Intel has been in the news for the first weeks of 2021. While this is not unusual due to CES and the associated announcements of new processors for the latest and greatest consumer products, this year has been a bit different. There have been multiple storylines throughout 2020 rolling over into 2021 about Intel’s demise and failure to execute from a technical aspect. There has been concern that the company might outsource manufacturing to TSMC, which for some reason everyone has been thinking is a competitor, instead of a foundry that produces chips for whoever is willing to pay the price.To get more latest news about intel, you can visit shine news official website.

The year ended with Intel under pressure mostly from the press and technical community for the fact they had not yet released their 7nm processor, and the 10nm was rolling into production much later than anticipated. The company had also faced CPU and server chip shortages in 2019 and early 2020 as a result of strong demand. As a side note, AMD also faced CPU shortages so it is an industry phenomenon, not an isolated instance related to just Intel.

While there is no doubt that Intel is late with releasing its latest and greatest chips at the smallest dimensions possible, we need to be careful mixing metaphors. Yes, it has been late in launching both 10 and 7nm, but research and development have not been standing still.At Intel’s Architecture Day, the company rolled out a Super Fin transistor (Figure 1) A metal-insulator-metal (MIM) capacitor (Figure 2), and improvements in the metal stack, using cobalt, that improved transistor speed and chip performance supposedly to be competitive with the TSMC 7nm chips. The industry expects Intel to release 7nm in the 2022 timeframe, will this put it behind the technology curve as time goes forward, difficult to say. A more important question may be: does Intel need to have the leading-edge process technology in manufacturing to be competitive in the world of computing and AI? More on this later.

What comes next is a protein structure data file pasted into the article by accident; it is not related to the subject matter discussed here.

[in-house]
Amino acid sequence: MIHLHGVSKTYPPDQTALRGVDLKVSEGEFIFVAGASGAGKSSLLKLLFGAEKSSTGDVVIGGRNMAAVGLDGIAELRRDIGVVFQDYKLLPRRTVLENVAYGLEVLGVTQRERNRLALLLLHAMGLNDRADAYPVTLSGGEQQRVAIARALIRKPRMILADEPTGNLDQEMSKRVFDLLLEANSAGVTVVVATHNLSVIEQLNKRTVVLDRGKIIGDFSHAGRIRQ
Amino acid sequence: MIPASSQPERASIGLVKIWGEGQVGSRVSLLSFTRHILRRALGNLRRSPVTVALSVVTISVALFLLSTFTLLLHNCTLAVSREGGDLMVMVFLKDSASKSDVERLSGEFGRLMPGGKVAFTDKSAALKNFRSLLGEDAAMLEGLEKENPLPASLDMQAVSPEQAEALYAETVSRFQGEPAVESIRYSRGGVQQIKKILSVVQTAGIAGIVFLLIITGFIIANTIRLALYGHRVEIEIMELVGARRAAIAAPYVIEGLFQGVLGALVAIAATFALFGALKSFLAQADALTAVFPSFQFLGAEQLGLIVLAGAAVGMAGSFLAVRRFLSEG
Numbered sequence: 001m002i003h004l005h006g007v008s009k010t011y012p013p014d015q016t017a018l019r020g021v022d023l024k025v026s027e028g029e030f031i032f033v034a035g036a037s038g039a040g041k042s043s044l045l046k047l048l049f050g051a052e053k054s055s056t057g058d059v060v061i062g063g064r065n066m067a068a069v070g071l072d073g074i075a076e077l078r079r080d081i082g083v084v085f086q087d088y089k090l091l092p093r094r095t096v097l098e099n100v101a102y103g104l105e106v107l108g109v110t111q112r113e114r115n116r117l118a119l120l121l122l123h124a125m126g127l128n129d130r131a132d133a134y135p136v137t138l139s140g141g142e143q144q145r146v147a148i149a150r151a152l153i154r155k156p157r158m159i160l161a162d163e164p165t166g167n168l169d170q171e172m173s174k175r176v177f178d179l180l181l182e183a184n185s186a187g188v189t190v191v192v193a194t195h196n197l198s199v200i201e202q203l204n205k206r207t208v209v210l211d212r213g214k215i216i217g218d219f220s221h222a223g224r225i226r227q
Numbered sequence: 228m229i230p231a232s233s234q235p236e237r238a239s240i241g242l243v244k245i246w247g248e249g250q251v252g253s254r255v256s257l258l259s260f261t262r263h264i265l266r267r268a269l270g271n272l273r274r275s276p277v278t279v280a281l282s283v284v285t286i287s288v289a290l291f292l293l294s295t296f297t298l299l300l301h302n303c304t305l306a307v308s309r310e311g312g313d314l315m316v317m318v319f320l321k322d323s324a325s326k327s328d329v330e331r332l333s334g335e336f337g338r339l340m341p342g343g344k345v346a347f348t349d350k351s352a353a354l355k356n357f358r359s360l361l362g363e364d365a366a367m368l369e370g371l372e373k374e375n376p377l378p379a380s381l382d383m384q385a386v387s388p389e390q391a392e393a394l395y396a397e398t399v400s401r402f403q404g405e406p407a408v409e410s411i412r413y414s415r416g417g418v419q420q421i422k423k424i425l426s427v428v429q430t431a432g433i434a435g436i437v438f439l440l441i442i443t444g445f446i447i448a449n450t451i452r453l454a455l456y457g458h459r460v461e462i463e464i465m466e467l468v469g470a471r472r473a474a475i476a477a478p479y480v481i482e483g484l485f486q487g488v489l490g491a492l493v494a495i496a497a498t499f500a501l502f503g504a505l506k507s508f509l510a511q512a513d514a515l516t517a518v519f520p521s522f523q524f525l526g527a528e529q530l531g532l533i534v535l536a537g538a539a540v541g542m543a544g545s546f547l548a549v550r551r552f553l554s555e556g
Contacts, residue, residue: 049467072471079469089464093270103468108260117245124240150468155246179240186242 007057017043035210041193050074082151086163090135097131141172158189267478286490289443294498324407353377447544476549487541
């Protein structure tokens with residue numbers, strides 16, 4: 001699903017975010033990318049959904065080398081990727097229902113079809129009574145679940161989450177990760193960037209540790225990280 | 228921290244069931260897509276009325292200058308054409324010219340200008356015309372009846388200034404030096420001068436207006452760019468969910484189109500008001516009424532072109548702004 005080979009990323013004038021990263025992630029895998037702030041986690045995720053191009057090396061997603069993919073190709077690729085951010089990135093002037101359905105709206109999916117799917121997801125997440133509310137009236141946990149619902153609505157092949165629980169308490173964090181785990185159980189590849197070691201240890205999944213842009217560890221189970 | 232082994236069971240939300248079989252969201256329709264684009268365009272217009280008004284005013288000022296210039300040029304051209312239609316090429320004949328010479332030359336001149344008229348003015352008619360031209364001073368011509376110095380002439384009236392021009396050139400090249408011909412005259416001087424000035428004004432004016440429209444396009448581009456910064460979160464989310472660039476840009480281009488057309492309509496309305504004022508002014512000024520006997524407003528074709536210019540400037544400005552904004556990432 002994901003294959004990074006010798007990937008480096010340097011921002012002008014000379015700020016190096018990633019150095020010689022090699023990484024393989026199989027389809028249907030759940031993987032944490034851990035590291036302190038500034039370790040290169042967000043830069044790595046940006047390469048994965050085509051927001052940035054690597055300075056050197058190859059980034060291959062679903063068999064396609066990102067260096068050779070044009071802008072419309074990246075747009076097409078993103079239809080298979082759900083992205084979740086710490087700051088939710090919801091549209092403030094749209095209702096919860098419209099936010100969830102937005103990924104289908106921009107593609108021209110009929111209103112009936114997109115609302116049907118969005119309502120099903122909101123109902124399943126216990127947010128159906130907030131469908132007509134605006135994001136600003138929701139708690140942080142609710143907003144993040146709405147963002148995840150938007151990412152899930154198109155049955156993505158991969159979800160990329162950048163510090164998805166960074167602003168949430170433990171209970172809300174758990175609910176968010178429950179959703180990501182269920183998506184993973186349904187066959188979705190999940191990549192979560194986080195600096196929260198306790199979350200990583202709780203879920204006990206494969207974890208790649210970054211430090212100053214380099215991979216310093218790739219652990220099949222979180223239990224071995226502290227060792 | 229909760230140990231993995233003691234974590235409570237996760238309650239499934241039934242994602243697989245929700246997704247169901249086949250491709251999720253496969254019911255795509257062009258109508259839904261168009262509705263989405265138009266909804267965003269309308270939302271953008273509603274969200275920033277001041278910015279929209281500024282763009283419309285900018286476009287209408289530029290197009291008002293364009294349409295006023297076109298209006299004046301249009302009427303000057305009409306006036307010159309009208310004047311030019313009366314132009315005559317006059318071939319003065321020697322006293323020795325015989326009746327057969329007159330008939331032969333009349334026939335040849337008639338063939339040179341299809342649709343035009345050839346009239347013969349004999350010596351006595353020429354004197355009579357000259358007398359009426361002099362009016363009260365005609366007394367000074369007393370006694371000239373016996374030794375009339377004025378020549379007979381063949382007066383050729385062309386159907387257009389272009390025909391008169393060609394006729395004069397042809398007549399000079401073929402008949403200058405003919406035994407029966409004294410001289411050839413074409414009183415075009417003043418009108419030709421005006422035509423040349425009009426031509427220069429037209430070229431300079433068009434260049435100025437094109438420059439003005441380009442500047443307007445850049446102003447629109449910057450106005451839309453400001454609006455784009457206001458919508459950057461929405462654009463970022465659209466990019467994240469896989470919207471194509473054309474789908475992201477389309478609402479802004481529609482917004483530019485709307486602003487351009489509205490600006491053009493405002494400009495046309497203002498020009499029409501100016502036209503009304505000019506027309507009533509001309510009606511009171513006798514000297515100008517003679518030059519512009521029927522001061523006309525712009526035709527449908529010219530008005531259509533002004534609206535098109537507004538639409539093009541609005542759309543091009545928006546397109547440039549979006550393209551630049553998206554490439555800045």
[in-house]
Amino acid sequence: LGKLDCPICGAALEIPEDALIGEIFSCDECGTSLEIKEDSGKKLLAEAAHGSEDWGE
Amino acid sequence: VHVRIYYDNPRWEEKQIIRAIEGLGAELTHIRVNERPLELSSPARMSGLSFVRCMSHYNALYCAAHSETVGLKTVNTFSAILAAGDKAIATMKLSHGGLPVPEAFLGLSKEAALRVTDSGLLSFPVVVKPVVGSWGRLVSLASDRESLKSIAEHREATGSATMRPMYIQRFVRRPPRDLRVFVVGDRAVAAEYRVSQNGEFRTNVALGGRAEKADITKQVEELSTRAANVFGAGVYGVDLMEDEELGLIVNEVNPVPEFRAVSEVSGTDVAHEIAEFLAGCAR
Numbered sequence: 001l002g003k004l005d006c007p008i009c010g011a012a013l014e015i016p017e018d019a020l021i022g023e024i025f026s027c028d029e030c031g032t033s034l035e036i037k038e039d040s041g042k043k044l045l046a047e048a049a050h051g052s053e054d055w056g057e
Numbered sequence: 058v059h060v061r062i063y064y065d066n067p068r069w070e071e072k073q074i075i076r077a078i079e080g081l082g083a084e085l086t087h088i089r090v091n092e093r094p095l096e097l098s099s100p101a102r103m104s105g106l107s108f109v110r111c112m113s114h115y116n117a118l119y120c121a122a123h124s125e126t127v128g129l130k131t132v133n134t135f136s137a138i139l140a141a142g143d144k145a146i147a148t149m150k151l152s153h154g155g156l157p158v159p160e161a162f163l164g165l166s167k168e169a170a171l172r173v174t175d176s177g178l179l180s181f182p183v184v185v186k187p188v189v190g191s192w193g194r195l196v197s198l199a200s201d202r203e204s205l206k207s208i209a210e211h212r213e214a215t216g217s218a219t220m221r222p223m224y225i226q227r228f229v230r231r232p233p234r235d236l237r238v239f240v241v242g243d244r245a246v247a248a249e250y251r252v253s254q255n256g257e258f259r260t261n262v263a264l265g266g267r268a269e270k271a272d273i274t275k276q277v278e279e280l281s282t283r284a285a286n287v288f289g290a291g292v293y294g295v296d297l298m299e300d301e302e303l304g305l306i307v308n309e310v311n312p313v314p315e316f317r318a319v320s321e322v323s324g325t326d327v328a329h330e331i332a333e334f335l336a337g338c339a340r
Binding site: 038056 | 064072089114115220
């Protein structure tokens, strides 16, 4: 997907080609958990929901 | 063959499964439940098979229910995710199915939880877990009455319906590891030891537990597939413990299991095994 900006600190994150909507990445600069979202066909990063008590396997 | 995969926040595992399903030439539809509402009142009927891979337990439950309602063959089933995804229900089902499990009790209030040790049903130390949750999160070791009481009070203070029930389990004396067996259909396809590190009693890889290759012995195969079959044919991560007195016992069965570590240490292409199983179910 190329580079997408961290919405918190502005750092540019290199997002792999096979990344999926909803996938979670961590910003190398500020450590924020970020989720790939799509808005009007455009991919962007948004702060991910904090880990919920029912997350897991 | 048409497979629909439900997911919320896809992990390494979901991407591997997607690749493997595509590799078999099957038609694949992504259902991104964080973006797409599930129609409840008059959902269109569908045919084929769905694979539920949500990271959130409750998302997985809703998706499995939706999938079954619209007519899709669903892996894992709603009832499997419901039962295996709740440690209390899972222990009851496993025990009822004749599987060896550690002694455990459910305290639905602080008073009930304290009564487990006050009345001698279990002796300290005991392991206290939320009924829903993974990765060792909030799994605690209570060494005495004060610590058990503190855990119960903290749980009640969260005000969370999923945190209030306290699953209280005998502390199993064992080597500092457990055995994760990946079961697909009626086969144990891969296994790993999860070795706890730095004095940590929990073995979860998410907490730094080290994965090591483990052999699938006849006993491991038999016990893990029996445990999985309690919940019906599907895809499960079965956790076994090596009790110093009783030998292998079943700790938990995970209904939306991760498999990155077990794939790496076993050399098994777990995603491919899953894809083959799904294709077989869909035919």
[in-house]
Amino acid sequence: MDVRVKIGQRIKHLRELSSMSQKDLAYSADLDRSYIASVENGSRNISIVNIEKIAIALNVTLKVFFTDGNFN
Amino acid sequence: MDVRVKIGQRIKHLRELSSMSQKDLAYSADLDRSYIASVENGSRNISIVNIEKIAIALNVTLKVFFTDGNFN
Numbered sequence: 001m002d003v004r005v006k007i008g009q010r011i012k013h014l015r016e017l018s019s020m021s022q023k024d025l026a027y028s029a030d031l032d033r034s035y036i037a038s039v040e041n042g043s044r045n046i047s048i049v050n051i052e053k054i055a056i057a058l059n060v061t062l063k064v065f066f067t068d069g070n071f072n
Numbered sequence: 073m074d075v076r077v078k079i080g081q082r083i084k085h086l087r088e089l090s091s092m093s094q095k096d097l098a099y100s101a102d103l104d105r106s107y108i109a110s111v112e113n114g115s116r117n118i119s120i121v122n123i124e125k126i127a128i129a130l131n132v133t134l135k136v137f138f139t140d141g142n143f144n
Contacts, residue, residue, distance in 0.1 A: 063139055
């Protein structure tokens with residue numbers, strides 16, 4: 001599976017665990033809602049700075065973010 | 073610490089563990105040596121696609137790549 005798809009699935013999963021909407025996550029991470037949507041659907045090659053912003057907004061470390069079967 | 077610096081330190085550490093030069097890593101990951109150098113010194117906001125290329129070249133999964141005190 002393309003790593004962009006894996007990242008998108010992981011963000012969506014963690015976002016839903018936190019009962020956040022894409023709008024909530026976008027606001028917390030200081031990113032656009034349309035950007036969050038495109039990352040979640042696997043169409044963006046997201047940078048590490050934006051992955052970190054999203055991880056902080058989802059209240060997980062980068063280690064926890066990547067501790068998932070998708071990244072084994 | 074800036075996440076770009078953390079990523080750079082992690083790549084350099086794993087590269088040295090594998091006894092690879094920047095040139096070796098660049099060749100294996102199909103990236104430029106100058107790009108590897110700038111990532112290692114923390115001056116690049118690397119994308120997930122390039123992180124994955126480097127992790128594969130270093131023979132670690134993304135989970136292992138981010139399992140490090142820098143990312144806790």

While the analysts are beating Intel up about being late with technology launches, there is an economic side to the story. Intel, by extending their 10nm process that uses 193i steppers and multi-patterning, does not have to invest in EUV lithography at the moment. With EUV systems’ average selling price running close to 150 million euros compared to a 193-immersion system of around 60 million euros, there are considerable savings in capital expenditures, even with the multiple patterning steps needed with 193i technology.

If you look at the economic advantages of using 193i and remaining at 10nm with a chip that is as fast if not faster than the competitions in PCs and servers, most CEOs would favor saving capital costs rather than charging forward. It also means that Intel can let the EUV technology mature a bit before rushing in and experiencing production headaches that come with new processes. We already know they have had enough of that with the problems of getting 10 and 7nm into production.
Something else I see missing from the dialogue is that Intel also continues to be a leader in R&D in transistor technology. At the 2020 VLSI conference and IEDM conference, Intel presented on next-generation transistor technology using nanoribbon, and heterogeneous integration to create a stacked nanosheet transistor. On January 12, the IEEE spectrum reported a joint project by Intel, and IMEC producing a spintronic device, which is essentially a single-electron transistor that would potentially take the industry beyond 1nm.

However, with IMEC being a research consortium and TSMC being a member, TSMC will likely also eventually have access to this technology, when TSMC chooses to move to that level of R&D. If one looks at the level of R&D investment and the projects coming out of Intel, as well as IBM, I see a disconnect in the diatribe that the US is losing its technical prowess in semiconductor chips. The US industry may be losing its grip on leading-edge manufacturing, but R&D seems to be in good shape.